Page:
2020 Sales Tax Law Updates

It is important to stay up to date on sales tax laws, as many state’s laws are changing constantly. The biggest update to 2020 Sales Tax Laws is the implementation of marketplace facilitator nexus laws. Marketplace facilitator nexus laws have currently been adopted in 36 states, however, it is expected to grow in 2020.

So what does the addition of the marketplace facilitator mean for the companies selling through a marketplace? Generally speaking, this means that the marketplace (ex. Amazon) is responsible for collecting and paying the tax on sales made through their site. You will still be responsible for the sales tax on any sales through your own site.

How Do Subscriptions and Nexus Mix?

Due to the recurring nature of subscriptions and the fact that customers can often move (from one taxable jurisdiction to another one) during the span of their subscription, there are some important caveats to think through in order to ensure your business is properly complying with tax laws.

For example, if mid-subscription the customer changes his/her shipping address AND you bill monthly, then the sales tax should also change to match the nexus of the customer’s new shipping address. However, when a customer prepays up-front for a long-term subscription, then the sales tax is also collected upfront and paid in full to the customer’s shipping state at the time of the initial purchase.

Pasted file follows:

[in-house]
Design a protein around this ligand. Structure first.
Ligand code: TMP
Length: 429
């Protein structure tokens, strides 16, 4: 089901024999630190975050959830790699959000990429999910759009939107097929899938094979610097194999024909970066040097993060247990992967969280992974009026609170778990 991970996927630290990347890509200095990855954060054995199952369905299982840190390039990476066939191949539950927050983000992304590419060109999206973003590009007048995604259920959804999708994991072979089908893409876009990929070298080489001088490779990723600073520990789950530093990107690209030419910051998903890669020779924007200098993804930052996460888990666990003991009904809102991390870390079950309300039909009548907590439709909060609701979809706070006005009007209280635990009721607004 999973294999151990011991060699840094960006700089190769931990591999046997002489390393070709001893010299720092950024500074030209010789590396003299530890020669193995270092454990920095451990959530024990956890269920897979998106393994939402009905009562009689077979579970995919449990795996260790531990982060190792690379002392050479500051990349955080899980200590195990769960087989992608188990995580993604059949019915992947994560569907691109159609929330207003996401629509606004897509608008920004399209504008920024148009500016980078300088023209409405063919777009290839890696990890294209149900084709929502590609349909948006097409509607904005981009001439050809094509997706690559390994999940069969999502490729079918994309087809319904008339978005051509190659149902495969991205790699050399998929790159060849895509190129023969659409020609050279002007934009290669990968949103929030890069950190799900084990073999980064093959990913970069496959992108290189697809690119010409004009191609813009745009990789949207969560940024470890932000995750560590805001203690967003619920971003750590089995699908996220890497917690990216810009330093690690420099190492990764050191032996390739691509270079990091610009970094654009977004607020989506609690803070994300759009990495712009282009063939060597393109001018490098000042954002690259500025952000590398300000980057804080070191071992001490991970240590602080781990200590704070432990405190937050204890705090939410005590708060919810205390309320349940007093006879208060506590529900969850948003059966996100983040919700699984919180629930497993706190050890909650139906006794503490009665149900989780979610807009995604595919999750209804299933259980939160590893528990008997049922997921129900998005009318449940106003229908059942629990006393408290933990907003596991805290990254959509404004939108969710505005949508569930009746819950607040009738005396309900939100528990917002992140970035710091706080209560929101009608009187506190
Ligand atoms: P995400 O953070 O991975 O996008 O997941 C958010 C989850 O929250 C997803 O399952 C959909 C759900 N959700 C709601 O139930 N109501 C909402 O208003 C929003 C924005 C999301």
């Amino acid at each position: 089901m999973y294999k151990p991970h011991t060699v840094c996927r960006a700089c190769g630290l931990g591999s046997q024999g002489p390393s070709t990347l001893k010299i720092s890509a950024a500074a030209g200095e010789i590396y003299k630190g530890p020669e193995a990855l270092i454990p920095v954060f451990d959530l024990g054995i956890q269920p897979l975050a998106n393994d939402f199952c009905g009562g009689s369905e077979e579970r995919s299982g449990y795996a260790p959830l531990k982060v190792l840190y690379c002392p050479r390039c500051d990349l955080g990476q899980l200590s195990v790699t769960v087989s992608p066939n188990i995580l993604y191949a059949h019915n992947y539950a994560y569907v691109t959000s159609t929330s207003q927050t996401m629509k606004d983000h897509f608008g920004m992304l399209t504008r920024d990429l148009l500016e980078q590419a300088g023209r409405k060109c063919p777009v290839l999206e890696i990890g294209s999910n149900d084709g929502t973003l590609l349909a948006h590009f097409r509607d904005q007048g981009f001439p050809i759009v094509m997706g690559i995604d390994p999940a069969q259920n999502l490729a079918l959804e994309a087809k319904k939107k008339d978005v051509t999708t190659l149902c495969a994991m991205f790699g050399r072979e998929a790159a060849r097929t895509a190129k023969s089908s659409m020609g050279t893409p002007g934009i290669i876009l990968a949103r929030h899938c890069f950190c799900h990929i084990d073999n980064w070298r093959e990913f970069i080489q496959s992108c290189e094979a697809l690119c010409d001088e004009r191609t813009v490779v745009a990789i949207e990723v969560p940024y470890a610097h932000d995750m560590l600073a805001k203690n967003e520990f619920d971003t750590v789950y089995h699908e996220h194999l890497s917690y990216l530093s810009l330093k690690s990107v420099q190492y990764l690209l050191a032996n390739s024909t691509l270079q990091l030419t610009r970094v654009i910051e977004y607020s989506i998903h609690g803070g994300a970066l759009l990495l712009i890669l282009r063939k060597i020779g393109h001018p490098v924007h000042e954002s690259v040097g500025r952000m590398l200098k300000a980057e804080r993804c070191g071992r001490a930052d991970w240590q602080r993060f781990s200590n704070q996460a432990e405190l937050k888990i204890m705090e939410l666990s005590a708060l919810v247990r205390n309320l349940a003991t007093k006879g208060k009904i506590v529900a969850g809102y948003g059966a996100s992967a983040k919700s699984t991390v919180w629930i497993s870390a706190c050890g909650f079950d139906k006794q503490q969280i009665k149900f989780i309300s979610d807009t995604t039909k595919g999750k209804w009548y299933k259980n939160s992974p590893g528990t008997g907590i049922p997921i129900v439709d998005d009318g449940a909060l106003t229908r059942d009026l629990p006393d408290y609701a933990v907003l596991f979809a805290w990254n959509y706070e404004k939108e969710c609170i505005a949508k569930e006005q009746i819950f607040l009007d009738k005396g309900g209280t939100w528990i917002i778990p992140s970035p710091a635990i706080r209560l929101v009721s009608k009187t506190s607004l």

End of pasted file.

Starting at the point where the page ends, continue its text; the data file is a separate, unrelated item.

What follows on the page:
Leverage Your E-commerce Platform

The good news is most e-commerce platforms such as Shopify and SalesForce offer sales tax integrations or features that automatically collect sales tax in accordance with your customers’ state laws. There are also softwares like Avalara and Vertex that integrate into any website and can help automatically calculate and collect sales tax.

Next Steps with Nexus

Once you’ve identified the states that you have nexus in, you will need to register for a sales tax permit in each of those states. If every state you have nexus is in part of SST, then you will only need to fill out one form for all of these states. From there you will need to either charge your customer the correct sales tax amount at checkout or decide that you’ll be paying sales tax out of your pocket. Finally, you will need to file sales tax returns, you’ll want to visit each stats website to ensure you are filing correctly.

Sales tax laws for online retailers are always evolving and changing, which means it is important to keep a close eye on each state you do business in and the thresholds for each state as your business grows.


Bulu offers turnkey solutions for specialty e-commerce and fulfillment including Financial Management and Merchant of Record services. If you’d like to have a conversation with a Bulu team member contact us.